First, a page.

In short, as a lover of Christ and of LGBT people, please consider: a new movement of LGBT people which is not afraid to be confident in Christ; and is very clear about its refusal of teachings about Christ which are not true to what He told us, and contrary to Trinitarian Christianity.
My own “prognostication” here is that the Anglican Communion will suffer greatly, with the LGBT movement within it significantly marginalized when it comes to world Christianity – with churches wishing to maintain Trinitarian Christianity, and associating the LGBT movement strongly with TEC and the debacle of the Communion. But this all is very much less likely to occur, if LGBT Christians are able to prove themselves as witnesses for Christ Himself – something much more than e.g. the cause for ordinations of persons who engage in same-gender sex acts. I, actually, do not believe that God blesses same-gender sex acts. But like you, I love LGBT Christians. And because I love them, I also love it when they authentically profess faith in Christ – and do not confuse Christ with a mere ethical or political platform. If we believe only in sexual ethics – from my view, it probably would be better for things to continue their course, with the Anglican Communion completely marginalized and self-destroying, and other churches doing all they can to avoid the same fate. Actually, I do not care enough about the Communion one way or the other at this point to muster faith in one or the other outcome. However: no matter what happens with the Communion – it is surely a beautiful and wonderful thing if LGBT people are taught to turn to Christ and love Him – no matter what it is that they believe about sexual ethics.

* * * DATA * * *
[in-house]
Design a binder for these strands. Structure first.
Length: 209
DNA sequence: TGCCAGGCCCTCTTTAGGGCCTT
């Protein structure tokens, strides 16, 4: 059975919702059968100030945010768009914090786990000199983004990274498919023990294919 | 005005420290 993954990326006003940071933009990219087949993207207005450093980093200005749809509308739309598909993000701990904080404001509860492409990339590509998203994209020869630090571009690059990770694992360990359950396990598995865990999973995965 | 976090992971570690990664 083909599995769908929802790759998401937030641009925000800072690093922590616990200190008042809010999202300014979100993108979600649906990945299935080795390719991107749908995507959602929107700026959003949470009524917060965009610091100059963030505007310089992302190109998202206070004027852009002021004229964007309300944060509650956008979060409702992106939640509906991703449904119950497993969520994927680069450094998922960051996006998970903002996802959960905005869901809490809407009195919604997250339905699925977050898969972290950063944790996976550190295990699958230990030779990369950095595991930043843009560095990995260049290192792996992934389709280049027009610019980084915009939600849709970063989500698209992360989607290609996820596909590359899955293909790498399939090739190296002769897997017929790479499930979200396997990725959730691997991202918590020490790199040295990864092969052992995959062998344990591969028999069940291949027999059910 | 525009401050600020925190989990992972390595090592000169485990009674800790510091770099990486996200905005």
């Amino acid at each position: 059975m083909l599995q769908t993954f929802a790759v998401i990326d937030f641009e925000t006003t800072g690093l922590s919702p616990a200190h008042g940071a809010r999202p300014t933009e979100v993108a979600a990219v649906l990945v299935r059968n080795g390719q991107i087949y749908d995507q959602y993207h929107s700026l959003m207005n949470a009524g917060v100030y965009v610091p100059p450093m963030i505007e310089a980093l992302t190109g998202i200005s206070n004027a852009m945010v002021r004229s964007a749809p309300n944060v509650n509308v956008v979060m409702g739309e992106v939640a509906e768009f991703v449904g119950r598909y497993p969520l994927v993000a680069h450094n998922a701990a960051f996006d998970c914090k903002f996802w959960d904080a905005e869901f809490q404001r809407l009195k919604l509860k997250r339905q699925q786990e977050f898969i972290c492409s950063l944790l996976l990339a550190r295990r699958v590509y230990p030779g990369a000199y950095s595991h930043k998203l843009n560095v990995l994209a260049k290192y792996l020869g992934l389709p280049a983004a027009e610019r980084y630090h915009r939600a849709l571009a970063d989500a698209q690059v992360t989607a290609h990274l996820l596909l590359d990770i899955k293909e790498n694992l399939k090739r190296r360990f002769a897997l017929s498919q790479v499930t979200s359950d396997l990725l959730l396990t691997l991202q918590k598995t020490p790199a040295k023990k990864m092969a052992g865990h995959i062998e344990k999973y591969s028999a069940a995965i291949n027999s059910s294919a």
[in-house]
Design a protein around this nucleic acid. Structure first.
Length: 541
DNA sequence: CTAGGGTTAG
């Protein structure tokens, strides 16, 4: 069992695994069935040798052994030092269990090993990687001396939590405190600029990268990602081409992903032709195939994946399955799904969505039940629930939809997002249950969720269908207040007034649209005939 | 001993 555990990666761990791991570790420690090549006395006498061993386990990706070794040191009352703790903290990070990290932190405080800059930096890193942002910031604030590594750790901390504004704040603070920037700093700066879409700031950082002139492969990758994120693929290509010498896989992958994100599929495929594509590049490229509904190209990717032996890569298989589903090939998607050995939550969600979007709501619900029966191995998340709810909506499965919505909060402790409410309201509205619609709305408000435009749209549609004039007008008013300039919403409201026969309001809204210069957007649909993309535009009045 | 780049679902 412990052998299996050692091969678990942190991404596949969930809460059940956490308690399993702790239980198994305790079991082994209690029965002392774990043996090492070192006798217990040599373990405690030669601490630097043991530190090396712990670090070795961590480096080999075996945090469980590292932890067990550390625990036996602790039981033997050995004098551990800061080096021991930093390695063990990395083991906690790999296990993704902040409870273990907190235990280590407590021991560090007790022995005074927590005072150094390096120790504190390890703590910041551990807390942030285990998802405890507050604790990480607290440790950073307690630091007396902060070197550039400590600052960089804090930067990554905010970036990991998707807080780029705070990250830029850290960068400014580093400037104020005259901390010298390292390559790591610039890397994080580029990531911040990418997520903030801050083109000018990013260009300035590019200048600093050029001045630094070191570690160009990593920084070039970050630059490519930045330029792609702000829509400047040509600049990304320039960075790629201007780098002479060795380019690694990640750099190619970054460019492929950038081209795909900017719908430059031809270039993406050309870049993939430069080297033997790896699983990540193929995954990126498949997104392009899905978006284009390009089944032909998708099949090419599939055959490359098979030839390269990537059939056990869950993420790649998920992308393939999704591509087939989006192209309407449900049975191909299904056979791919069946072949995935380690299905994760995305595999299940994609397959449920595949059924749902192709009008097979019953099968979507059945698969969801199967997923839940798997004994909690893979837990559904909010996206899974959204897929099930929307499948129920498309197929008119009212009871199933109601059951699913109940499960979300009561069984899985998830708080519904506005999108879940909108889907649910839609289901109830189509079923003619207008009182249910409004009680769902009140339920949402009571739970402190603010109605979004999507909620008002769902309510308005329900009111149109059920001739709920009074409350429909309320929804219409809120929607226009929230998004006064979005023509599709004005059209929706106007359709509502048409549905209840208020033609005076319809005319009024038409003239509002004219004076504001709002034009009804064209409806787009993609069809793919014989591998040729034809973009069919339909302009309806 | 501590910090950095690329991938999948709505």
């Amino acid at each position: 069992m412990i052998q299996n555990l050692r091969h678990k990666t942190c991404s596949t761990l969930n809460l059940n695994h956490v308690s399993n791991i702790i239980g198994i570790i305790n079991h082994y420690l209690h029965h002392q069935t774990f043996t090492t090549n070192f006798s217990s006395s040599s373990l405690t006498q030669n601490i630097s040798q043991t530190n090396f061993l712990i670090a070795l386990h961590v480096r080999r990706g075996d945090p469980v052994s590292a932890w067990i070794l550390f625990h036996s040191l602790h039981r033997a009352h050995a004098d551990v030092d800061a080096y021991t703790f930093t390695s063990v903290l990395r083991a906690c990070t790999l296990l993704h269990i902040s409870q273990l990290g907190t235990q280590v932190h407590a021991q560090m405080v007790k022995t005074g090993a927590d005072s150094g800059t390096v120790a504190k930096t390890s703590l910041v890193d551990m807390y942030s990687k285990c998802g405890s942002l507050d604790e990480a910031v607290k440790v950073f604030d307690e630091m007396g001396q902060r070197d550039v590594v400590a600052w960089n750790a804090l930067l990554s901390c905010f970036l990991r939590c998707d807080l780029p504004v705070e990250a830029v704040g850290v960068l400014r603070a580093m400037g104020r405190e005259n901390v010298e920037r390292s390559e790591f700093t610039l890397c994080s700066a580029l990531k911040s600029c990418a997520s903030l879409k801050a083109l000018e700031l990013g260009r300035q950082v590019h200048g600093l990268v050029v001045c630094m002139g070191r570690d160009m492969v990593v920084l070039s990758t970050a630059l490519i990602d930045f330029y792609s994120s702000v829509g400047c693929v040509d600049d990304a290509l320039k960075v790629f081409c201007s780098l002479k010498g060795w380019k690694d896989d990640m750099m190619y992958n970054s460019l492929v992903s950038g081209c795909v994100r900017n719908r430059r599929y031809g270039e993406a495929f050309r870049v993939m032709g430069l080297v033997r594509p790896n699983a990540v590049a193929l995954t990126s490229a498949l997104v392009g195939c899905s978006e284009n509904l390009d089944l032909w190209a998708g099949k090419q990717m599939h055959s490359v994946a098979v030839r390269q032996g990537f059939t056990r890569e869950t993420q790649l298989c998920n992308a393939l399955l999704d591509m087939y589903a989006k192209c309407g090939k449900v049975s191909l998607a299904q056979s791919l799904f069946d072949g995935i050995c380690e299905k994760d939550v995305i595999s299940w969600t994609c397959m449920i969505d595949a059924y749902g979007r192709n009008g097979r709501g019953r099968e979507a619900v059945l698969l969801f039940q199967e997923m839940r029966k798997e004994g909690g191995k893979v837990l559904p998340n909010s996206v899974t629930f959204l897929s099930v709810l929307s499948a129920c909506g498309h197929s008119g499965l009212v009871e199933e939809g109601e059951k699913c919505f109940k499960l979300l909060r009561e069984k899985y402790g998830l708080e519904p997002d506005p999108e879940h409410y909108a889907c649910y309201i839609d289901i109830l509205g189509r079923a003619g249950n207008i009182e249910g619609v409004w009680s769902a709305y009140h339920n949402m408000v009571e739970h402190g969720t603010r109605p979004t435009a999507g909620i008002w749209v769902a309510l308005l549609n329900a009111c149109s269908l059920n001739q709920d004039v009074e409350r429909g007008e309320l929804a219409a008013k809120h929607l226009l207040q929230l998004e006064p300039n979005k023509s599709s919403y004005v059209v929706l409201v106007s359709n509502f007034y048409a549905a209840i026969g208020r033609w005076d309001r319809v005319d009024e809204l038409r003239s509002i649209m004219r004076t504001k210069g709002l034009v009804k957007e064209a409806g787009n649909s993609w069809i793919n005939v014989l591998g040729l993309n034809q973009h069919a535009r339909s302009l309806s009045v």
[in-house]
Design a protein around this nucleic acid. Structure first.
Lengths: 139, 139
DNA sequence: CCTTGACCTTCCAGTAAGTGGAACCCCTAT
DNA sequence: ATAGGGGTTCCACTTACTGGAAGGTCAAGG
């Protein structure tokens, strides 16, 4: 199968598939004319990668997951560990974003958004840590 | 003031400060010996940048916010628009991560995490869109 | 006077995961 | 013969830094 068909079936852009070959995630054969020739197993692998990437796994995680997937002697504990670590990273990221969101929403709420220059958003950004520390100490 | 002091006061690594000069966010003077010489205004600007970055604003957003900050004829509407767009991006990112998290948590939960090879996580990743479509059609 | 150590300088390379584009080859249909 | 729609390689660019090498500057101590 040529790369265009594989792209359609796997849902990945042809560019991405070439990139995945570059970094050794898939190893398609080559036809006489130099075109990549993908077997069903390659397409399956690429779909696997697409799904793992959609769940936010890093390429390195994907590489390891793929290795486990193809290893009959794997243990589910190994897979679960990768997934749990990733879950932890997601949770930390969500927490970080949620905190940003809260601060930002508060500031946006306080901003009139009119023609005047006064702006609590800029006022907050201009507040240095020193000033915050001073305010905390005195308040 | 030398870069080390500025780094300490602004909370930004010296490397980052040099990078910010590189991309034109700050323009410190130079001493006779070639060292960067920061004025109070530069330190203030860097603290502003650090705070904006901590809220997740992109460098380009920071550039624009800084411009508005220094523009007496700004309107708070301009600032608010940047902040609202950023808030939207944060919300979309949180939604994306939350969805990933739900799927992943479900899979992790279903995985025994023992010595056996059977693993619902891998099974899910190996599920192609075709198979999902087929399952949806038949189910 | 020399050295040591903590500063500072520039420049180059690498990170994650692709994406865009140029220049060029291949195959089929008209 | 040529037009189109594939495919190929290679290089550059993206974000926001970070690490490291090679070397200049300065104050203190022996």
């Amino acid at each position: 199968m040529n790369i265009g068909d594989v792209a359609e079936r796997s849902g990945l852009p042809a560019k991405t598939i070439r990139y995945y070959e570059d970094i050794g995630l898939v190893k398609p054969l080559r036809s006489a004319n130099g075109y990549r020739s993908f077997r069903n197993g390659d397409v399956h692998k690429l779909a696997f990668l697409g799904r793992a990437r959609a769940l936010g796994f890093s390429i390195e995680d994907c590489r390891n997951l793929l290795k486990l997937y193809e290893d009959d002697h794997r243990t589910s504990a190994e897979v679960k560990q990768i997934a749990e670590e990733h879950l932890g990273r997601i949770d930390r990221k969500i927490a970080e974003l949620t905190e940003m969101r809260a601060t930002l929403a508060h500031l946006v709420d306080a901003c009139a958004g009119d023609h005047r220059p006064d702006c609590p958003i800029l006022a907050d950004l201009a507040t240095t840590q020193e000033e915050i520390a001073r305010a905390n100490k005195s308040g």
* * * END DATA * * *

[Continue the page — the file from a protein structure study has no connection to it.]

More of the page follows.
I believe that many LGBT supporters are rather naïvely counting on a kind of short-term “victory” for TEC without any further reflection on TEC’s Christology, without realizing that the long-term effect of this will very likely be: a further and very profound association of the teachings of Spong, Pike, Borg, +KJS, and McFague with issues around LGBT inclusion in the church … with very few Trinitarian churches willing to even begin considering such things … with many profoundly unhealthy attitudes toward LGBT people in churches going relatively unchallenged, or even exacerbated.